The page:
This area contains three circular structures that are reminiscent of the Great Goddess temples of Malta. They look like a woman’s shape.

The next place to visit at Drombeg is a set of 3 circles of stones that look reminiscent of a woman’s body. They are very similar to the Mother Goddess temples in Malta. During our onsite analysis, we discovered the biggest circle opens the 1st and 2nd chakras. The second circle opens the 3rd, 4th, 5th chakras. Then the smallest circle opens the energy of the entire energy system including the 6th and 7th chakras. It is a nice place to visit and receive an alignment before going over to the springs and fertility area. Make sure you stand in the center of each of these circles. That is where the energy is the strongest.

The Golden mean rectangle bath and spring to the right side

The Golden mean rectangle bath and spring to the right side

The place of the springs is definitely a female fertility place. Springs are common features found in many fertility places. The spring is connected underground to a rectangular pool. The pool is made with the measurements of the golden mean. The golden mean is one of the basic rhythms in the development of all living things. It is in the DNA of all living structures from the smallest plants to the largest solar system and galaxies. Dominique hasn’t been able to figure out why they used this dimension. It is the first time he has seen the Golden Mean used at a megalithic site. At the east end of the rectangular pool, there is a little round place to stand. This is the fertility point for women! If you stand there, you can feel your 2nd chakra begin to open and align! As you can see I liked the spot!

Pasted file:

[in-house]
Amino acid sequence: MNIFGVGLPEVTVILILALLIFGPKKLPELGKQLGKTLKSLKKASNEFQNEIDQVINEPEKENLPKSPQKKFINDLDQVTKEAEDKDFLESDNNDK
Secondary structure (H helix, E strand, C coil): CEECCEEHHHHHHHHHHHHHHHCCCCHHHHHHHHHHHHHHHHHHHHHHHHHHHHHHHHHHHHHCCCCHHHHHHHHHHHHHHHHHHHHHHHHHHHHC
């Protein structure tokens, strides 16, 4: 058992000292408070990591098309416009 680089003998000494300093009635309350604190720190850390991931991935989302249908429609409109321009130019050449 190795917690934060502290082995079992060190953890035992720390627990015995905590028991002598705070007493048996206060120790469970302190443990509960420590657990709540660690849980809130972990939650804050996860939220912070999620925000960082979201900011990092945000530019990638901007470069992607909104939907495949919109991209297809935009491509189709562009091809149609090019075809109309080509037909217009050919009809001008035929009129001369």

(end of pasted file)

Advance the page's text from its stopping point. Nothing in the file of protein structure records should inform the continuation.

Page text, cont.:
Karen in the fertility spot by the golden mean pool

Karen in the fertility spot by the golden mean pool

In conclusion, Drombeg Stone Circle is a very nice place to visit when traveling to the emerald isle of Ireland. It has some good energetic points to feel and enjoy that raise your vibration and clean your energy system. It was fun learning another secret about stone circles as well. Who knew there were special places in the stones themselves that can be used to activate the energy of the stone circle? I sure didn’t!!  I can’t wait for my next stone circle adventure, who knows what we will find there.

To learn more about the Drombeg a friend of ours has written an amazing book called: Secrets of Drombeg – The Stone Circle and Fulacht Fladh. You can find out more and preorder it here.

To learn more about how to work with the energies of stone circles and sacred site check out our Secrets of Sacred Geometry Certification Course.

We would love to hear about your experiences at stone circles or Drombeg!

by Karen Crowley-Susani